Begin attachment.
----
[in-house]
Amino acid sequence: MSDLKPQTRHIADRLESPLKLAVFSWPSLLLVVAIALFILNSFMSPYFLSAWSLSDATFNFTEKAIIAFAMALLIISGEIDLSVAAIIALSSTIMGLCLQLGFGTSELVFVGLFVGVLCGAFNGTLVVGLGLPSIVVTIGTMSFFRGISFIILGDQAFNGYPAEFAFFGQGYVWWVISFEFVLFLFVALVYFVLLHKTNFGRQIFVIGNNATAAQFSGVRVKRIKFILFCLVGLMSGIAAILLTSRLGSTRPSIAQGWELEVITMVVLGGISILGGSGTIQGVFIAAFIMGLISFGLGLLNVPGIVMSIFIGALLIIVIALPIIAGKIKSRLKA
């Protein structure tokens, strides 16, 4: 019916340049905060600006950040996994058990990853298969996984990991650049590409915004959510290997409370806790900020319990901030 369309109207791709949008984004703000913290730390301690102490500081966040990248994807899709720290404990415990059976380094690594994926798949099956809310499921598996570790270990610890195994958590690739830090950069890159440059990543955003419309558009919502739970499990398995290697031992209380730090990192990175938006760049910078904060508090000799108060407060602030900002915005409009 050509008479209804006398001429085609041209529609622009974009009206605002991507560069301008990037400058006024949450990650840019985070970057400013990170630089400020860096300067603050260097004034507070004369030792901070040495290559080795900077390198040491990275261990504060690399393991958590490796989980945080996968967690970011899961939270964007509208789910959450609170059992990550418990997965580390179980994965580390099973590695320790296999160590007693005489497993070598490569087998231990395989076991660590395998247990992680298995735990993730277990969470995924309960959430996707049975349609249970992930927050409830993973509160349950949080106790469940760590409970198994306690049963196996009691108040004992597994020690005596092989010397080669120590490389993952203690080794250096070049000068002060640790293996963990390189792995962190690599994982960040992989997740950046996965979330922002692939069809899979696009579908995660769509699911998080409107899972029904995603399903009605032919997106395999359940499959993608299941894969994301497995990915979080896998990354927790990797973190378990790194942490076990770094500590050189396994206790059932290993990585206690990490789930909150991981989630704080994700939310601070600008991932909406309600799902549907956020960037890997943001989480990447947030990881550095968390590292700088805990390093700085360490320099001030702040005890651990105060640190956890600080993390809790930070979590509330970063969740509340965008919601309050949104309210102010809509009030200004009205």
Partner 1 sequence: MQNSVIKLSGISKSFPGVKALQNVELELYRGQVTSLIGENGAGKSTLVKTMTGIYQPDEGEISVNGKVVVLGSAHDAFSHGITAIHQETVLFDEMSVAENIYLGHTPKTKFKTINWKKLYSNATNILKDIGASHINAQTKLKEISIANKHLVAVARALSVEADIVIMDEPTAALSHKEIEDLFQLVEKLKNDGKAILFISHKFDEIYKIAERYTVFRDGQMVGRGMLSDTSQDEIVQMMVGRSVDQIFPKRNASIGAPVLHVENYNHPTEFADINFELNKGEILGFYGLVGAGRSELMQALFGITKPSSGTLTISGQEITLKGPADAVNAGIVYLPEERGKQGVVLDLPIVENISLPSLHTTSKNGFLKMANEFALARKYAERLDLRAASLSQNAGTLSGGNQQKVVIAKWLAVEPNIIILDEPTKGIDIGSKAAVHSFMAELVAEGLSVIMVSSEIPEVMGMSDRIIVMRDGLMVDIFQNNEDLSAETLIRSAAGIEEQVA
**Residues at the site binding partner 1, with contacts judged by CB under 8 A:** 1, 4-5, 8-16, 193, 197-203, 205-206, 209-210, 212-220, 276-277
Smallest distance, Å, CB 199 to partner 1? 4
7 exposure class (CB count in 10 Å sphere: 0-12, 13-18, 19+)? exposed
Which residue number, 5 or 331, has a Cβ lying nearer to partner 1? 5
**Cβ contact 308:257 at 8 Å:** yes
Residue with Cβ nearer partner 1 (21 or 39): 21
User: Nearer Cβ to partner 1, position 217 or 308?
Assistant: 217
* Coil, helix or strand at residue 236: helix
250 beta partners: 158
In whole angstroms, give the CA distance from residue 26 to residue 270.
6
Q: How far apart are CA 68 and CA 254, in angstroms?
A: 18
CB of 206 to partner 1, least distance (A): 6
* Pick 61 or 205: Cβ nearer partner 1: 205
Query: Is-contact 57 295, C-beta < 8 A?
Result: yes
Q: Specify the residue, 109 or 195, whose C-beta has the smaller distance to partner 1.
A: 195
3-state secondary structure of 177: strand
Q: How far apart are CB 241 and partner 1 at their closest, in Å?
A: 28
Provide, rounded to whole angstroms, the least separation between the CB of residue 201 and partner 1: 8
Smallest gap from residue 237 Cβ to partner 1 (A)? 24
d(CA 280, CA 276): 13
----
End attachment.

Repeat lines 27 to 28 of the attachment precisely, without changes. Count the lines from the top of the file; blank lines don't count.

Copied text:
A: 28
Provide, rounded to whole angstroms, the least separation between the CB of residue 201 and partner 1: 8